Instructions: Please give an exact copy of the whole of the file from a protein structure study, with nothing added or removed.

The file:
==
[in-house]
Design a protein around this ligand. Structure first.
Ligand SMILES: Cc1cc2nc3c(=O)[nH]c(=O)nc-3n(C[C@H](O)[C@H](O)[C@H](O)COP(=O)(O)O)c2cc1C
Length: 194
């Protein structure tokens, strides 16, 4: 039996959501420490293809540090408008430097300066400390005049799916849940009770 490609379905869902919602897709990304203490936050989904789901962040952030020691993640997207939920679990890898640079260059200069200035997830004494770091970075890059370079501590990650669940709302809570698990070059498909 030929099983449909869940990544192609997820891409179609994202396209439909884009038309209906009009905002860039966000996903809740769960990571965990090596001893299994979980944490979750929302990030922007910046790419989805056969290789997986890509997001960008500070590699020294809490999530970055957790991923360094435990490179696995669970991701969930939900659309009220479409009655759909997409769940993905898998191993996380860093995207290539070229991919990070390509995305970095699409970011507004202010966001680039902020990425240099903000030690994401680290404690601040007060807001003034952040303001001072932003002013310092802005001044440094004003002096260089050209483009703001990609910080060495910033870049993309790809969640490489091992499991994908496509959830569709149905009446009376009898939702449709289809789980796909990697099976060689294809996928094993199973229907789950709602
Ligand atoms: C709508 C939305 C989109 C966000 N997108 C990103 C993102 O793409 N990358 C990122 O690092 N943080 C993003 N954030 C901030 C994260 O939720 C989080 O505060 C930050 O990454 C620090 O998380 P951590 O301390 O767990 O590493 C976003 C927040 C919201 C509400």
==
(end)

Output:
[in-house]
Design a protein around this ligand. Structure first.
Ligand SMILES: Cc1cc2nc3c(=O)[nH]c(=O)nc-3n(C[C@H](O)[C@H](O)[C@H](O)COP(=O)(O)O)c2cc1C
Length: 194
């Protein structure tokens, strides 16, 4: 039996959501420490293809540090408008430097300066400390005049799916849940009770 490609379905869902919602897709990304203490936050989904789901962040952030020691993640997207939920679990890898640079260059200069200035997830004494770091970075890059370079501590990650669940709302809570698990070059498909 030929099983449909869940990544192609997820891409179609994202396209439909884009038309209906009009905002860039966000996903809740769960990571965990090596001893299994979980944490979750929302990030922007910046790419989805056969290789997986890509997001960008500070590699020294809490999530970055957790991923360094435990490179696995669970991701969930939900659309009220479409009655759909997409769940993905898998191993996380860093995207290539070229991919990070390509995305970095699409970011507004202010966001680039902020990425240099903000030690994401680290404690601040007060807001003034952040303001001072932003002013310092802005001044440094004003002096260089050209483009703001990609910080060495910033870049993309790809969640490489091992499991994908496509959830569709149905009446009376009898939702449709289809789980796909990697099976060689294809996928094993199973229907789950709602
Ligand atoms: C709508 C939305 C989109 C966000 N997108 C990103 C993102 O793409 N990358 C990122 O690092 N943080 C993003 N954030 C901030 C994260 O939720 C989080 O505060 C930050 O990454 C620090 O998380 P951590 O301390 O767990 O590493 C976003 C927040 C919201 C509400």